Skip to main content
Education Center » Divorce in mid-life: Fresh starts, new financial challenges

Divorce in mid-life: Fresh starts, new financial challenges


While divorce isn’t easy for anyone, it can often come with special hurdles for women. Consider these key points as you make decisions about splitting your finances and moving on.

Divorce is always an emotional time, filled with uncertainty: What will it mean for you? For your family? For your financial situation? And that’s even truer for long‑married couples. But, increasingly, couples over 50 are taking the step to separate their lives — and finances — if they’re no longer happy together.

In fact, people over 50 are now twice as likely to part ways as they were in 1990, according to analysis from the Pew Research Center.1 And according to a Stanford University study, women actually initiate 69% of all marital breakups.2

The financial implications of divorce can be a sticking point — especially for women. According to one report from the U.S. Government Accountability Office,3 women’s household income fell by 41% following a divorce or separation after age 50, while men’s household income dropped by only 23%. With women living an estimated five years longer than men, that dip in income can have serious consequences — which makes the financial decisions women make as they file for divorce all the more important.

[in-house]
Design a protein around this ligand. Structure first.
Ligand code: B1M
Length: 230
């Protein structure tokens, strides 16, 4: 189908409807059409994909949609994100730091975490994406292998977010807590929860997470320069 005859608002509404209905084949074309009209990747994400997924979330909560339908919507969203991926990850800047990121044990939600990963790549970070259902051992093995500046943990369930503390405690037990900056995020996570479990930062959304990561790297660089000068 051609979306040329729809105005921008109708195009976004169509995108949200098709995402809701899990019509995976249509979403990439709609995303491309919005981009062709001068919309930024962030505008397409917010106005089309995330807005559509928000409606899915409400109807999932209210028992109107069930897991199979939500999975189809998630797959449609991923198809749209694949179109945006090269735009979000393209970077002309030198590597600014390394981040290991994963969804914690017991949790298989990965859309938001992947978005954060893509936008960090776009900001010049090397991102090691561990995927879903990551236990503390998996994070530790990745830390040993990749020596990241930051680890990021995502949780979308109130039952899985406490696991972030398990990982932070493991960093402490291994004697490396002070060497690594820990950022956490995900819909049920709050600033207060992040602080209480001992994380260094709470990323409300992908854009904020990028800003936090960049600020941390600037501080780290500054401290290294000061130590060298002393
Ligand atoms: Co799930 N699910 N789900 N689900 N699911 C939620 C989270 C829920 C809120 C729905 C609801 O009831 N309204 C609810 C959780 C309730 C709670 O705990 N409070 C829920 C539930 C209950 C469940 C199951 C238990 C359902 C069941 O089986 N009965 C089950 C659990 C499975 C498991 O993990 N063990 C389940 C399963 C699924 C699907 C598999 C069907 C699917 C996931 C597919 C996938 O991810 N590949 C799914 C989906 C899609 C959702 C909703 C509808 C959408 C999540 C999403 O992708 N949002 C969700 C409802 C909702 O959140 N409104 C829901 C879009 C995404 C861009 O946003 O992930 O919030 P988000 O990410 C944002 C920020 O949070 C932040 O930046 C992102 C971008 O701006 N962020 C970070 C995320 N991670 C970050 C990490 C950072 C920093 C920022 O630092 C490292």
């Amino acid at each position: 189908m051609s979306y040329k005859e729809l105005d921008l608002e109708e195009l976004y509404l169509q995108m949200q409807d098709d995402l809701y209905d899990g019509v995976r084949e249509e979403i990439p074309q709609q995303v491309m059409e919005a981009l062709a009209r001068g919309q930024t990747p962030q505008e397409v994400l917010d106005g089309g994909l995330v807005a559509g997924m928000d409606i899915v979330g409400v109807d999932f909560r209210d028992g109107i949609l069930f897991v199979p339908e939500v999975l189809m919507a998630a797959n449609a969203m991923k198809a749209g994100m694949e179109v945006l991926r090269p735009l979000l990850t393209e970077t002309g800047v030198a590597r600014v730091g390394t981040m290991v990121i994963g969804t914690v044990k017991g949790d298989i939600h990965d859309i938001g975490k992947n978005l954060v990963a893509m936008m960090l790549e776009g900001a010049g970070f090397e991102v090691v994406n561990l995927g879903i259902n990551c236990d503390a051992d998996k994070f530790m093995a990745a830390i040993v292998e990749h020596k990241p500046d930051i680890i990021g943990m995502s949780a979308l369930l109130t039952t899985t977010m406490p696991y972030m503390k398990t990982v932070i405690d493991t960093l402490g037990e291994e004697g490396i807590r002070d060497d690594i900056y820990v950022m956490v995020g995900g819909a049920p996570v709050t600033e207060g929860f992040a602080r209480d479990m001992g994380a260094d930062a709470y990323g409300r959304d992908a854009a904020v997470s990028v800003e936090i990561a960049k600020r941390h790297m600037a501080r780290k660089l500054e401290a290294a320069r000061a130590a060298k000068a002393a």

According to one study, women’s household income fell by 41% following a divorce or separation after age 50, while men’s household income dropped by only 23%.3

“A really critical first step is to get down to financial brass tacks,” says Merrill Financial Advisor Megan Stirrat, who has advised many women clients as they’ve dealt with the financial aspects of divorce. “Do an assets and debt inventory — take a good hard look at everything you own and everything you owe.” It’s only from there that you can work out a plan for distributing your assets fairly.